The last time I visited Nashville, I wanted to drive to Henning, Tennessee to visit Alex Haley's Childhood Home and Museum. At the time, I didn't realize how far away it was. But while in Memphis, I found out that it is only about 50 miles from me...so Henning here I come! On the way to Henning, which is a nice and peaceful drive, I started to see something on the road every now and then that kept catching my eye. I'm always used to seeing corn fields while driving on the road, but I kept seeing something else...cotton fields! What? Cotton fields? Of course, living in Chicago I will never see a cotton field. But being down South, it's nothing new to the people who live down here. So, I immediately grab the camera to get ready to photograph my first cotton field. The only problem was...they were too far over for me to capture. There was a thick median of grass next to the highway, and the frontage road was next to the median, then there was the cotton field. But I was looking around at exits or any possible way for me to get my cotton field. I kept driving, and kept seeing cotton fields, but no way to get off and get the photo. As I'm getting near Henning, all of a sudden I get to College Street, and to my right is the perfect cotton field. I make a quick right turn, park up on the curve and grab the camera. I couldn't believe it! I'm standing in front of my very first cotton field...live and in person. But while photographing the huge cotton field, I couldn't help but reflect back on the many black people who were in these fields picking cotton for about $2.50 a week...in this hot ass Tennessee sun. I really began to feel a certain kind of way, which wasn't good. So realizing that I am in the South, I'd better grab my photos and get the hell out! And that's exactly what I did. I finally arrived at 200 Church Street, which is where Alex Haley spent many years growing up. The Alex Haley Museum is right behind the house, but was closed. I parked on the narrow road in front of the house, and walked across the street. I stop to read the historical marker and headstone on Mr. Haley's burial site, which is just left of the front steps. I stayed at the house for about 20 minutes, and chatted with a neighbor who told me that everyone is excited about the tourist traffic that comes through Henning to see the house and museum. On the way back to Memphis, I figured I could stop at the cotton field again and grab more photos, but for some reason I couldn't find it. And I didn't want to drive around and get lost. Oh well!
Back in Memphis, I work my way over to the Riverfront. While there, I photograph the Hernando De Soto Bridge and grab a partial downtown skyline photo. While walking, I noticed a huge sculpture just off the sidewalk. It was Evan Lewis' kinetic wind sculpture called "Meander". I thought it was a pretty cool sculpture, functioning by way of slight breezes from the wind. Across the street is the corporate headquarters of AutoZone. Walking further, I see the Memphis Queen Riverboats docked and ready to go! I also see iBank Tower across the street as well. My next stop is the Burkle Estate, which is also the Slave Haven Underground Railroad Museum. The Burkle Estate is claimed by some to have served as a "way station" on the Underground Railroad for runaway slaves. Publicly, Mr. Burkle was a livestock trader and a baker. Privately, some claim he was a "conductor" on the Underground Railroad. Many believe his home was the last stop in a series of Memphis homes connected by underground tunnels. The house included a small cellar which might have been used to hide escaping slaves. Slaves could then get on boats to take them upriver to other way stations in the free states north of the Ohio River. At the time I got there, I had just missed the tour. While driving to another location, I see a different angle to photograph Bass Pro Shops at The Pyramid. Later, I passed by the Wonder Bread Bakery plant, which is now vacant. I finally reach the legendary Sun Studio on Union Avenue. When I got there, there was already a bus load of people there to see and tour the studio.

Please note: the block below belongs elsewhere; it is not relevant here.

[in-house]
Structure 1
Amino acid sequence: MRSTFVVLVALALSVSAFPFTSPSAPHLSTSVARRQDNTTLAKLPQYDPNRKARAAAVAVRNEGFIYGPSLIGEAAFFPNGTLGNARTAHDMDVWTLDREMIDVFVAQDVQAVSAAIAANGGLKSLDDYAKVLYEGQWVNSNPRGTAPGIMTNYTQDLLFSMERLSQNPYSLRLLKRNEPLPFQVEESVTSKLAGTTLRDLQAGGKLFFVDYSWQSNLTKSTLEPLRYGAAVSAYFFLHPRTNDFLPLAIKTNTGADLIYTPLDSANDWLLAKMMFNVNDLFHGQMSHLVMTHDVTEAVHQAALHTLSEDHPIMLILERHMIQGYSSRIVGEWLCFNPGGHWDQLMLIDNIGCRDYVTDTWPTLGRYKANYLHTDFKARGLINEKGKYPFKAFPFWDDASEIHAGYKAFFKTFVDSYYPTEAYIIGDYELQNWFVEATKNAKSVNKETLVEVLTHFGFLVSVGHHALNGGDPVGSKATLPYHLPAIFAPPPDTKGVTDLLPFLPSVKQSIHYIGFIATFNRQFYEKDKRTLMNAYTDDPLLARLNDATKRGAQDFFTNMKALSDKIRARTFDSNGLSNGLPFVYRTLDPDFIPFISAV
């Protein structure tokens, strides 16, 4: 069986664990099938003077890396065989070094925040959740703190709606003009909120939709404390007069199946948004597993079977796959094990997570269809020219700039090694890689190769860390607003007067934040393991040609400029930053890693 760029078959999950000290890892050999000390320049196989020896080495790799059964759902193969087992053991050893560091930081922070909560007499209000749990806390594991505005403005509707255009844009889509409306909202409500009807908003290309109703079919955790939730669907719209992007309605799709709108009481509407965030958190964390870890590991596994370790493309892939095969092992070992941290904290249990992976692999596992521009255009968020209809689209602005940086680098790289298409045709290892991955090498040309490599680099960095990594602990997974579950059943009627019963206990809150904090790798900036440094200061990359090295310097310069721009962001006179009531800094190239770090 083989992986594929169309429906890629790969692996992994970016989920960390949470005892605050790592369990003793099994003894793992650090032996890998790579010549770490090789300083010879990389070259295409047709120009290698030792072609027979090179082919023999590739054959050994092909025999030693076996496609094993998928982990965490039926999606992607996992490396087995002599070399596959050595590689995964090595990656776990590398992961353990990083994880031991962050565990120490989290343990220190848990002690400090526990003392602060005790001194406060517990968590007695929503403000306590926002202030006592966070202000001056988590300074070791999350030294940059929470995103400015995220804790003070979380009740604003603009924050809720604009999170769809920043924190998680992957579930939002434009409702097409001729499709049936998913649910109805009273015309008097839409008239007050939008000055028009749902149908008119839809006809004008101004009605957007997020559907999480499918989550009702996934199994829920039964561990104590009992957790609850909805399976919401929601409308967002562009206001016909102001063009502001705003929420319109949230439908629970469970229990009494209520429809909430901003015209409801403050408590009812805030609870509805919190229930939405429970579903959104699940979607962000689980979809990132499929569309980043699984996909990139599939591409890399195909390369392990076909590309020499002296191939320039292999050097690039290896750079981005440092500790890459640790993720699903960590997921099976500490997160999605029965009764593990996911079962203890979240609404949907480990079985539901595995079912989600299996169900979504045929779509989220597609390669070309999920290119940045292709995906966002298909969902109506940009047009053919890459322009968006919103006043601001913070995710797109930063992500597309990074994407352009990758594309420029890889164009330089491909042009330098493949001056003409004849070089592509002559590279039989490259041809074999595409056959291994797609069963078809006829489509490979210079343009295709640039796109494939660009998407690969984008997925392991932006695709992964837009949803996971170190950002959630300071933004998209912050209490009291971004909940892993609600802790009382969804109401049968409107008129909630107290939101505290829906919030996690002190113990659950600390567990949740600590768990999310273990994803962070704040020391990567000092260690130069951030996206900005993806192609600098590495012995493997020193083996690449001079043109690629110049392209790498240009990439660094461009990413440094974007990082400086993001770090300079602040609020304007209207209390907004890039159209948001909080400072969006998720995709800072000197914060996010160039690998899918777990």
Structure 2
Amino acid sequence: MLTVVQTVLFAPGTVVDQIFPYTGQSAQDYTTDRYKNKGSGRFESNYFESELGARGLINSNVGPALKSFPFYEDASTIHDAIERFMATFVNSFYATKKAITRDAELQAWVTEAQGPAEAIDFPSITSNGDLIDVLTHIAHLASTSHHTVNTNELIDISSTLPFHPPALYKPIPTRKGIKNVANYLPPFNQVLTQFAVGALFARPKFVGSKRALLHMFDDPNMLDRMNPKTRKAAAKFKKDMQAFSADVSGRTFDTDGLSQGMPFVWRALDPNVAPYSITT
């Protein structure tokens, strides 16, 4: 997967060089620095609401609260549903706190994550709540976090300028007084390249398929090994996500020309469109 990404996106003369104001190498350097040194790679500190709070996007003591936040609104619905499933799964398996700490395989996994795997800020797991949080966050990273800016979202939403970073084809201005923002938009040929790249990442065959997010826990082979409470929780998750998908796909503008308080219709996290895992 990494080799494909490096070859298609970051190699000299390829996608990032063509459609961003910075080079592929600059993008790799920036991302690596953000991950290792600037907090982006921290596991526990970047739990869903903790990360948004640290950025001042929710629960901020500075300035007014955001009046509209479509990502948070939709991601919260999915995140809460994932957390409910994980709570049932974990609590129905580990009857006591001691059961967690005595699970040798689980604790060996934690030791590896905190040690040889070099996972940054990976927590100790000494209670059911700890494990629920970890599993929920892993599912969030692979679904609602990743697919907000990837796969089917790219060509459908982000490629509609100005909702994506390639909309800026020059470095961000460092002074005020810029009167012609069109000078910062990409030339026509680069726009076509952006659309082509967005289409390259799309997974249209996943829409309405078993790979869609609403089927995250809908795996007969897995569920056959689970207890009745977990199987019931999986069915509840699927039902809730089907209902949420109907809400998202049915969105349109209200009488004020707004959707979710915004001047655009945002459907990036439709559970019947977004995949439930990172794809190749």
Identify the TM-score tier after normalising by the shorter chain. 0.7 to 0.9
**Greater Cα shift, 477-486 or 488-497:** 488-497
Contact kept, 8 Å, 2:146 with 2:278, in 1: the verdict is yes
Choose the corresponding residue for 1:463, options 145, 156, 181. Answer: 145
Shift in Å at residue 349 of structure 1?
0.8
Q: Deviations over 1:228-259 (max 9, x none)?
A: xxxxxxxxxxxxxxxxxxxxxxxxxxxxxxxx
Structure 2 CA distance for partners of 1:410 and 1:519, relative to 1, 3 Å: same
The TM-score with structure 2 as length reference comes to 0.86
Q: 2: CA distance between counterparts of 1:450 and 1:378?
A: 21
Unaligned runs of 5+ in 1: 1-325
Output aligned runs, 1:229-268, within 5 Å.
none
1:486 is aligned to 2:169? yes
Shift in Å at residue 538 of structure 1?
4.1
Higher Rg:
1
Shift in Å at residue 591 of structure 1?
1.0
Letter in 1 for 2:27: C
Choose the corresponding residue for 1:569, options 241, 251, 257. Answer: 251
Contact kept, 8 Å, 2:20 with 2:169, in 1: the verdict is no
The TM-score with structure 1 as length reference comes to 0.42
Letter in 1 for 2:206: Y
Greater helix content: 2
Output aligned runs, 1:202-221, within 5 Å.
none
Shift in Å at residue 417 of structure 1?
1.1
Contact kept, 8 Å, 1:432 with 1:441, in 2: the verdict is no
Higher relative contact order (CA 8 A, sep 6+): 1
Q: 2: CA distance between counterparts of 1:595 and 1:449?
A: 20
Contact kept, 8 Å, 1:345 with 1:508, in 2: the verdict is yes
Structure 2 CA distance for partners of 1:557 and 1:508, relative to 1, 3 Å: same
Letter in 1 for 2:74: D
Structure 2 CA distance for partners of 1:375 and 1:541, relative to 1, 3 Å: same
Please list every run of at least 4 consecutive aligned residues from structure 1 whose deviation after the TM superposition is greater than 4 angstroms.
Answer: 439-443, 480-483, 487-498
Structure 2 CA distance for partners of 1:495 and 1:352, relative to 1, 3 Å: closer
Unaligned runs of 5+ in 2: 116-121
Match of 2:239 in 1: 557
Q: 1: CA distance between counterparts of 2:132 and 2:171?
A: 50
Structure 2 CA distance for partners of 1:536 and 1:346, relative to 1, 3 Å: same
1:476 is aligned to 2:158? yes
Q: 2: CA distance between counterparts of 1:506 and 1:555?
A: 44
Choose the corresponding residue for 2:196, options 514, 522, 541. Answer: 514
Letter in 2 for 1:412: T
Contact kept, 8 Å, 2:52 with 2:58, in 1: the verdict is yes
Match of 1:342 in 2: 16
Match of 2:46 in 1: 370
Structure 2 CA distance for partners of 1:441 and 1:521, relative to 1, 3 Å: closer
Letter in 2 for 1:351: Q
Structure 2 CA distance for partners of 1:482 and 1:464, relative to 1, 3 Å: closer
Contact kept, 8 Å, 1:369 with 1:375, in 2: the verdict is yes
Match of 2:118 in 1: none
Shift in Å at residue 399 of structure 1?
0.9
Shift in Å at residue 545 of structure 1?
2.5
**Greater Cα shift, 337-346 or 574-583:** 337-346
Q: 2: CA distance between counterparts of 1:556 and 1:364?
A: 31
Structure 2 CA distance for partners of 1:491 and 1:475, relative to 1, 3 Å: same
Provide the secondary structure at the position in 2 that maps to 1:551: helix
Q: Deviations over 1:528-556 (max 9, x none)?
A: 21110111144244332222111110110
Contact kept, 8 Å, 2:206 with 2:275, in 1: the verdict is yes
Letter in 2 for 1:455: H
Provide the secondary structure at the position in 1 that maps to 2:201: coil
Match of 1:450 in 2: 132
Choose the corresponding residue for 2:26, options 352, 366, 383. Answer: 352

From Sun Studio, I head back downtown. Displayed along the Main Street Mall are two awesome murals...one by Assasin Duo and the other one by Chicago artist Damon Lamar Reed and Pugs Atomz, which shows someone walking with a guitar. On the guitar case are stickers pin-pointing historic spots in Memphis. I also spotted the Main Street Trolley as well. My next stop is The Cotton Museum at the Cotton Exchange. This stop was very interesting as earlier in the day I saw my first cotton field. I did the self-guided tour of the cotton museum, and found it very interesting. I saw a bundled bale of cotton, some scattered cotton on a counter and an enclosed cotton bush. There were also many kiosks showing the development of cotton...beginning with planting the cotton seeds to how the clothes are made with the cotton. It also shows the machines that picks and separates the cotton in today's time. But in 1793, a black man named Eli Whitney invented the cotton gin, which easily separated cotton fibers from their seeds. Across the street from the cotton museum, I stopped in front of the Memphis Fire Department Headquarters on Front Street. I was taking photos of the outside of the building, but the Fire Chief waved me inside for a brief tour of the facilities. Continuing walking along Front Street, I walked past the colorful windows of the Memphis Public Library-Cossitt Branch, the University of Memphis School of Law, the landmarked and historic Falls Building and Raymond James Tower. I also found the Piggly Wiggly site marker on Jefferson Avenue. Back on Main Street, I photograph the Court Square Center, the historic Dr. D.T. Porter Building and iBank Tower. A special photo was the Magevney House, which is the oldest in Memphis built in the 1830's. When I travel, I always try to find the oldest house or building in that city. And the Magevney House is it for Memphis. After leaving the Magevney House, I head back on Main Street to photograph a building I kept passing up on. This building is 100 N. Main Street, which is actually the tallest building in Memphis at 430 feet and has 37 floors. Across from 100 N. Main is Memphis City Hall and the Civic Center Plaza trolley station clock tower. I also spotted two Memphis banners. One I had seen before, but was able to capture the other one. As my time in Memphis is winding down, I couldn't leave without finding a certain B.B. King statue. Making my way back over to Riverside Drive, I capture another downtown skyline shot, and I find the Tennessee Welcome Center. Inside the welcome center were two statues...one of Elvis Presley and the B.B. King statue I was looking for. Well, my time is done...until next time Memphis!